donations people raised Donate now

Interview with Albert Weand

Published    6/15/2020

Could you tell us something about yourself?

I’m an illustrator from Panama. I use Krita to create digital art, but I also work with traditional tools.

Do you paint professionally, as a hobby artist, or both?

It started as a hobby. Many of my illustrations are created as personal projects. However, I do accept commissions or do professional work, if the occasion arises.

What genre(s) do you work in?

I used to draw manga (comics). As a result, most of my work was done in grayscale. But I was always interested in digital illustration and painting. Nowadays, I’m starting to take inspiration from fantasy and nature. My work focuses on characters but I’m trying to work on backgrounds as well.

Whose work inspires you most — who are your role models as an artist?

Years ago, when I started drawing manga, my style was influenced by artists like Masakazu Katsura, Inio Asano or Kentaro Miura. With digital paintings, I’ve been trying to expand my influences with works from traditional artists such as Ted Nasmith, Alan Lee, Miles Johnston and some Pre-Raphaelite paintings as well. I think it’s important to contemplate and study the works of other artists, even if their genre or style is different from yours; they can teach you something valuable. David Revoy and Krenz Cushart have also been a great source of inspiration.

How and when did you get to try digital painting for the first time?

When I finished high school, my father gave me a drawing tablet. At first, I was reluctant to use it because it was quite difficult to learn the coordination between sight and hand movements. Also, I didn’t have any experience in painting at all. Slowly, I started to get better at it. Thanks to digital painting I was able to learn more about the use of color, light and composition.

What makes you choose digital over traditional painting?

It’s relatively faster to make changes to your artwork. It’s easier to manage your tools since you just need a decent computer and a drawing tablet. There are many tutorials available on the internet. Now, even though I like digital art, I’m also interested in traditional oil painting. I just need to get the materials and start working on it. Sometimes I also work with graphite and watercolors.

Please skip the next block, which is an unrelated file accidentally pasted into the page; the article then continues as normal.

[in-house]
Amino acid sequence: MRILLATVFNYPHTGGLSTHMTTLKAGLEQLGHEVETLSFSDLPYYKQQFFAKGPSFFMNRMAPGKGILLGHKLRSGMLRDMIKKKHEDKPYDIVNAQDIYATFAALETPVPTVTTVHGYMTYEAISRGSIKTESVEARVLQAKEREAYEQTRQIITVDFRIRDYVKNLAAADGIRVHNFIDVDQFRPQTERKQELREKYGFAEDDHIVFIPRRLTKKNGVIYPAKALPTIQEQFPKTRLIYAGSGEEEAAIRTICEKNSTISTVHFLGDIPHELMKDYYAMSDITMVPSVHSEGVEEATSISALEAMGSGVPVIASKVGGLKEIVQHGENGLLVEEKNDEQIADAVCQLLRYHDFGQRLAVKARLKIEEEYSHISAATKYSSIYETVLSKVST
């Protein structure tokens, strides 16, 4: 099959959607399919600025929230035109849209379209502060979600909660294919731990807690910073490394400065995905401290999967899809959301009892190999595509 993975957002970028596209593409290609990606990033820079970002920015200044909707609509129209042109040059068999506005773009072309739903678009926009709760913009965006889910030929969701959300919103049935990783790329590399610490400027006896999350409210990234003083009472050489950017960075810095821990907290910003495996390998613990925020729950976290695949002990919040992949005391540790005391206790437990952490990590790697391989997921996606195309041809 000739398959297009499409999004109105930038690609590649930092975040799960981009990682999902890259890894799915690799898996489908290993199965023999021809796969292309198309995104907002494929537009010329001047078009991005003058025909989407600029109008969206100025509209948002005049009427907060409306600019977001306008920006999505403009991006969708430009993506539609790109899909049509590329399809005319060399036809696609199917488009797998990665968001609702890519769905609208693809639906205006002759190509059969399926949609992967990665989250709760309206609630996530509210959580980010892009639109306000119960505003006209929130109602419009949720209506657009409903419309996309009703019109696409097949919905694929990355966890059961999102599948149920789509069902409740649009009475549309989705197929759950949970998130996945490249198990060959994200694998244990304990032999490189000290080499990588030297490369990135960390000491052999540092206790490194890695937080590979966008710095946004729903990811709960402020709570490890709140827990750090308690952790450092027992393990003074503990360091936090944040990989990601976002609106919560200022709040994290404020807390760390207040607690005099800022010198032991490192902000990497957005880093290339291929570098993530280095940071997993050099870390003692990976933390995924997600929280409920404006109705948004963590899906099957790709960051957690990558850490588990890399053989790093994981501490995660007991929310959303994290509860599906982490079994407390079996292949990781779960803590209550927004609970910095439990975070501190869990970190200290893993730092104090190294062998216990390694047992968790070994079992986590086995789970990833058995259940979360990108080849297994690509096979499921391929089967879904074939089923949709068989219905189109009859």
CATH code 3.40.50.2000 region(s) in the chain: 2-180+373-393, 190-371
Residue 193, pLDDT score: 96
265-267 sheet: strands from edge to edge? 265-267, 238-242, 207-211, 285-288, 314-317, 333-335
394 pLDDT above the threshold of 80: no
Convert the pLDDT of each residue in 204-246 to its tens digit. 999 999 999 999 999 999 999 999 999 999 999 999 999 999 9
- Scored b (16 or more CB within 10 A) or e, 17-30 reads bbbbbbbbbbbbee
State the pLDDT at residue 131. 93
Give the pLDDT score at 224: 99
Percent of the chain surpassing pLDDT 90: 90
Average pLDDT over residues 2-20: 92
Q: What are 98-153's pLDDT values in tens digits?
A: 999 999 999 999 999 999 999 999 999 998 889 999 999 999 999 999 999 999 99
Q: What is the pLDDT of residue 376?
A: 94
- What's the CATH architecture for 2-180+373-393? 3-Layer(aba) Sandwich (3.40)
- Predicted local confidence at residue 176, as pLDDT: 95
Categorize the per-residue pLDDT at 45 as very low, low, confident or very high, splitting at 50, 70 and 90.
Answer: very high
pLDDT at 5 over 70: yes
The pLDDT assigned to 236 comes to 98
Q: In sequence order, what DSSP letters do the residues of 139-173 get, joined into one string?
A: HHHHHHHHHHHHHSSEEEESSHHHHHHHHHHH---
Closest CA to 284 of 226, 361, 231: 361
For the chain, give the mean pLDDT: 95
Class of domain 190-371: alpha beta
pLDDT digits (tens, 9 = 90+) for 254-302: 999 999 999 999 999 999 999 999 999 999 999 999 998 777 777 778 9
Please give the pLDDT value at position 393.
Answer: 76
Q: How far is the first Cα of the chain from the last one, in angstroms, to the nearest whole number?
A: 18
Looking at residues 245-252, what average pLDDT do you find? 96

How did you find out about Krita?

A couple of years ago, I started to gain interest in GNU/Linux and even considered using it as my main OS. One of my priorities was to find a good painting application compatible with the system. I tried MyPaint and Gimp, but Krita was definitely the best option.

What was your first impression?

I really like the user interface, it’s very flexible. I like to keep things simple and just focus on the artwork. The shortcuts to navigate around the canvas are great, they feel very natural. There’s no need to change tools in order to zoom in, zoom out or move around the canvas. I also like the default brushes, they feel organic and the textures help to simulate real brushes in traditional painting.

What do you love about Krita?

The project is free and open source; not only programmers but also artists do their part to improve the software. The documentation and the tutorials on Krita’s youtube channel are very useful. Also, I really like the fact that the application focuses on painting.

What do you think needs improvement in Krita? Is there anything that really annoys you?

I’m quite happy with the application and it’s features. If I had to point something out for improvement, it would be the text tool.

What sets Krita apart from the other tools that you use?

Based on my experience, Krita is very intuitive and the brush engine allows a lot of customization. The LUT Management tool is great, it helps me working with values.

If you had to pick one favourite of all your work done in Krita so far, what would it be, and why?

Right now, I think my favorite work would be “Nest”.


In my first digital paintings, the brushwork was very clean and everything had to be well-defined. Now I’ve come to understand that it’s important to balance the level of details; some things can be suggested by shapes and colors. If the brushstrokes have the same size and texture, the image might look too uniform. That’s why I’ve been trying to use more brushes in my artworks. I think I did a decent job here, although there’s certainly room for improvement.

What techniques and brushes did you use in it?

I used the default brushes in the paint tag, especially the bristle brushes. The wet knife is very useful for shapes and blending.

Sometimes I use some David Revoy’s new brushes. Also, I like the effect and texture of Ramon Miranda’s watercolor brushes.

Where can people see more of your work?

Instagram: https://www.instagram.com/albertweand
Twitter: https://www.twitter.com/albertweand
Artstation: https://www.artstation.com/aweand

Anything else you’d like to share?

Thanks to everyone involved in the creation and development of Krita. It’s my favorite software, I use it on a regular basis and I’m quite happy to be able to work with it.

Krita Mailing List

Be notified with new downloads and upcoming release information. We will not send you any type of Sale or Limited Time Only junk. Just the good stuff!